3. Look around for an independent place. One good way to do this is to drive off the main highway. Most small towns have a main highway full of fast food chains and gas stations, and a "historic downtown" area that will be much nicer, and may have what you're looking for. If it has "bed and breakfast" in the name, chances are it costs more than you want to spend. What you're going for here is a place that looks scruffy but not scary. This is a subtle spectrum. To be honest, in rural and small town areas, I have never encountered a place that was unacceptable. Things can get dicier in large metro areas. Little known fact one: from the seediest flophouse to the fanciest hotel, no one will be offended or surprised if you ask to look at the room before deciding whether or not to take it.

4. Inquire as to the price of a room. If it's more than the Motel 6, move on. Is it less than the Motel 6, but still more than you'd like to pay? You may be interested in little known fact two: hotel/motel prices are usually negotiable. I myself am a terrible negotiator, but there are things you can do short of saying, "I'll give you $29.95 and not a penny more!" For example, if you simply thank them and start walking towards the door, they may offer a discount. Anecdotally I'd say this works about 25% of the time in independent places. Even chains will sometimes offer unsolicited discounts. Not long ago I got almost 25% knocked off the price of a room in a Comfort Inn simply by asking if the first price she'd quoted me was more or less than the cost of the motel next door.

5. One last discount tip: are you a AAA member? Almost every motel in America offers a discount to AAA members. Are you not a AAA member? You'd be surprised how little that matters. This is roughly how my conversations often go:

"Hi, I'm wondering, how much is a room for one night?"


"Do you offer any discounts?"

"Are you a triple-A member?"


"Are you absolutely sure you're not a triple-A member? I don't need to see your card."

"Um... yeeeeah, I'm a triple-A member."


As I said at the outset, I'm not really a budget traveler. It just happens that many of the ways in which I prefer to travel happen to be cheap. When you stay in some no-name ma and pa place you'll not only save money and support small business, you'll also end up in a more interesting room, I guarantee it. The sole advantage of the chains is predictability, and it is also their greatest drawback.

As proof, I offer the House of Ludington, in Escanaba, Michigan, where I stayed the night before last. My room had a lovely sunflower theme, and a view of Lake Michigan.

Monday, July 06, 2009

Note to Self

If I ever want to get to Morocco, I need to stop applying for volunteer opportunities. I have often thought that I'd like to do some sort of volunteering while I travel. It might be both useful, and an interesting way to be a part of a place, instead of simply passing through. I'd just never felt like an opportunity really presented itself.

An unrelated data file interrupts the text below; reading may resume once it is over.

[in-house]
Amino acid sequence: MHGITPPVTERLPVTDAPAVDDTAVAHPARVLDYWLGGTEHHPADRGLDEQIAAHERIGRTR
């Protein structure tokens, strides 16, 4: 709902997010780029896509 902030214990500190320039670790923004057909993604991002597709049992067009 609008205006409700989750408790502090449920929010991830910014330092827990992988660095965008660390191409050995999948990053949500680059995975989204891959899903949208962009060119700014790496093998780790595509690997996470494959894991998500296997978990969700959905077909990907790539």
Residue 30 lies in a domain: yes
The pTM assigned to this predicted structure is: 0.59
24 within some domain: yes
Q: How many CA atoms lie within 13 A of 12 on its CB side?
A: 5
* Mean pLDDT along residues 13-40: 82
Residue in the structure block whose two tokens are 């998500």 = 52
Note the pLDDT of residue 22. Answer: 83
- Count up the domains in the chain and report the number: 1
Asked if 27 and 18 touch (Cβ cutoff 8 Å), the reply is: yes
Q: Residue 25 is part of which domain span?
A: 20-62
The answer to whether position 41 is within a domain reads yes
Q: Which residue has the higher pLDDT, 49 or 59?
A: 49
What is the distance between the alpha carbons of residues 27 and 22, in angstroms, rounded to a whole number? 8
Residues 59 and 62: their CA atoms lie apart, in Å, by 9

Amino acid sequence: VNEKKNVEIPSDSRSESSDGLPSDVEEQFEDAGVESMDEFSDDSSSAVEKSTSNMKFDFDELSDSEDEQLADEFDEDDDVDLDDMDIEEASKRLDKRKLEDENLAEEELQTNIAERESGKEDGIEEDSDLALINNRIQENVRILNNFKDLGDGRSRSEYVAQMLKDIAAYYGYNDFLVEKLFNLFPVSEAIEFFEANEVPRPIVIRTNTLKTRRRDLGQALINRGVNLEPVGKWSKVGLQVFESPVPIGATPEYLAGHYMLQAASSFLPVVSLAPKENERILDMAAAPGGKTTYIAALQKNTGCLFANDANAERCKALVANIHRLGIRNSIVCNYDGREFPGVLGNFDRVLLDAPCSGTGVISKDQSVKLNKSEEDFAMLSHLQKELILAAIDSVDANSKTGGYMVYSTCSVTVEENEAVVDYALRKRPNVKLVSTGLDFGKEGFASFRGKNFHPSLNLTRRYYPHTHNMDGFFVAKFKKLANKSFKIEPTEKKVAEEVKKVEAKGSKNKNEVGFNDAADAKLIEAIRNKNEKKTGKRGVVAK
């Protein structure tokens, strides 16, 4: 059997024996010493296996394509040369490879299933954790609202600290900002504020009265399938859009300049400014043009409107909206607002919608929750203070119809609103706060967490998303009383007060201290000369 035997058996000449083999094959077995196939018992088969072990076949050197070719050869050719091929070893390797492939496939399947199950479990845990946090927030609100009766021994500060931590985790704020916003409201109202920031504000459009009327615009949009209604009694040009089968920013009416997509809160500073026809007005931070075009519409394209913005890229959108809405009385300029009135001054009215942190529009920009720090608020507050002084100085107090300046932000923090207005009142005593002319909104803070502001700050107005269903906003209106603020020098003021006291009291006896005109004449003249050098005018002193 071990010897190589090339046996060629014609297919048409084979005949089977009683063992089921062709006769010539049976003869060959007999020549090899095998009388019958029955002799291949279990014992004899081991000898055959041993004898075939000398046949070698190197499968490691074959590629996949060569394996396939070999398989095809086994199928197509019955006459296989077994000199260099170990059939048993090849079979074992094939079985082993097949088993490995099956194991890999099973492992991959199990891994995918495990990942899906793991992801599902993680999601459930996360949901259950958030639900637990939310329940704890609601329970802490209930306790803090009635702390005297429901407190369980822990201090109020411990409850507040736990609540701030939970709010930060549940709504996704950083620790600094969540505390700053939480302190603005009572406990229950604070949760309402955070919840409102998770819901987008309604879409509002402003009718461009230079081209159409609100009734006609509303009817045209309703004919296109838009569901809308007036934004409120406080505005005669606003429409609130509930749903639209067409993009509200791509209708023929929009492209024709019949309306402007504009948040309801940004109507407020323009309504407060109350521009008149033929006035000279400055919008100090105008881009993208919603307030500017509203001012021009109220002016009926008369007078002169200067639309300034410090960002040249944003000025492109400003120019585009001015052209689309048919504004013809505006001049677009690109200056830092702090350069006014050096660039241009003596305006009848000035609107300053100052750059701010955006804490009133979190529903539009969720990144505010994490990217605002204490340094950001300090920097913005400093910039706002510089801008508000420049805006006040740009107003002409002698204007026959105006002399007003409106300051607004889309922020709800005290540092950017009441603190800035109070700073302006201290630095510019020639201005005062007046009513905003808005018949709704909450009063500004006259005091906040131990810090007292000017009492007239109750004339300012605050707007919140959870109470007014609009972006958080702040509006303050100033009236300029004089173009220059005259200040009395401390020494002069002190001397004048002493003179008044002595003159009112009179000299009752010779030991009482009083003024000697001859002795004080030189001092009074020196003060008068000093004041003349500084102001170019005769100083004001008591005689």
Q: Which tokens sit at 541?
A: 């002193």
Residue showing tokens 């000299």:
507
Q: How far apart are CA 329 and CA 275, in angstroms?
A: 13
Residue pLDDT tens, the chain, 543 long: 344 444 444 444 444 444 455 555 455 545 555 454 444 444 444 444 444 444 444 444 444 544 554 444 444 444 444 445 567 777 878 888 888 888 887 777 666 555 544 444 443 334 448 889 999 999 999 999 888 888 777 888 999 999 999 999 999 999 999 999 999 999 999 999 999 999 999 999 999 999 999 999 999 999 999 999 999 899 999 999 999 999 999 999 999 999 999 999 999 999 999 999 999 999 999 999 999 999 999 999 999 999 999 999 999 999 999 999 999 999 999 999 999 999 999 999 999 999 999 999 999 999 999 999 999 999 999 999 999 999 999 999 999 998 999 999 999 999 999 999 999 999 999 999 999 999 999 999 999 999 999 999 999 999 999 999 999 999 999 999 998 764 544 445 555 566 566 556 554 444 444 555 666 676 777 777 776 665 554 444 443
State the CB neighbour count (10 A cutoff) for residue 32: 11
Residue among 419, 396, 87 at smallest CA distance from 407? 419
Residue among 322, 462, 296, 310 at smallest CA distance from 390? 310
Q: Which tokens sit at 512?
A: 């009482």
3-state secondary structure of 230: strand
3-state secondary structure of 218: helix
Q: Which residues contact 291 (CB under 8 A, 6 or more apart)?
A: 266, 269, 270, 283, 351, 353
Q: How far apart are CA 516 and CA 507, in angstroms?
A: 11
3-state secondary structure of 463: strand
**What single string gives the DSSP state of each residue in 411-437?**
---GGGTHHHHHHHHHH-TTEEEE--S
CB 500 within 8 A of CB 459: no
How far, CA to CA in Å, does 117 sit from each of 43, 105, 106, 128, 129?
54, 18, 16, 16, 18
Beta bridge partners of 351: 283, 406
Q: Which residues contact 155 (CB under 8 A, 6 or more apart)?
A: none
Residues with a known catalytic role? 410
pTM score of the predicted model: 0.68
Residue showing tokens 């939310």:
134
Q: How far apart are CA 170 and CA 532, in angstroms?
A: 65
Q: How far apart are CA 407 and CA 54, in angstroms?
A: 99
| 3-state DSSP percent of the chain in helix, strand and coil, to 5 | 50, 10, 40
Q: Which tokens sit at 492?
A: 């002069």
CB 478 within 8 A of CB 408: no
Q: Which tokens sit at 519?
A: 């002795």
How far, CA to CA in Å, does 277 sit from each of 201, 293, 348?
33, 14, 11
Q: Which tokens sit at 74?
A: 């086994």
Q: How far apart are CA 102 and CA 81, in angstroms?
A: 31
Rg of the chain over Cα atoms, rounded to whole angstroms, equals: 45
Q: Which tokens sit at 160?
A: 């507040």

Meanwhile, my friend Josh has volunteered for a number of years at Camp Goodtimes, a summer camp for kids with cancer. Pretty much as long as I've known him, he's been on me to join him there. It was starting to seem unfair to claim that a volunteer opportunity had never really presented itself, while an opportunity was jumping up and down in front of me, waving its arms about. So, I just spent the past week on Vashon Island, off Seattle, volunteering at the camp.

I'm not allowed to publicly post any pictures of the kids, so you get to make do with the sign and a few abstractions. I worked in Arts and Crafts, helping with a wide array of fine arts, from dinosaur stamps to bead necklaces.

Volunteering at the camp was an interesting experience, neither as disastrously, tragically difficult as I was afraid it might be, nor as life-changingly wondrous as I hoped it might be. In fact, it felt sort of... normal. Which is quite something in itself.

But whatever it was, it was only a week. The next endeavor promises to be a bit longer. I'm going to be volunteering as a crew member on board a historically accurate replica of Christopher Columbus' ship the Niña. The ship is sort of a floating museum. It sails from port to port, and people come on board for tours. The boat is already sailing around, having started the year in San Diego, California. I'll be meeting the boat in Petoskey, Michigan on the 8th. To answer what may be the first two questions that come to mind, no, I don't have to wear a costume, and no, I don't have any sailing experience. But I will soon!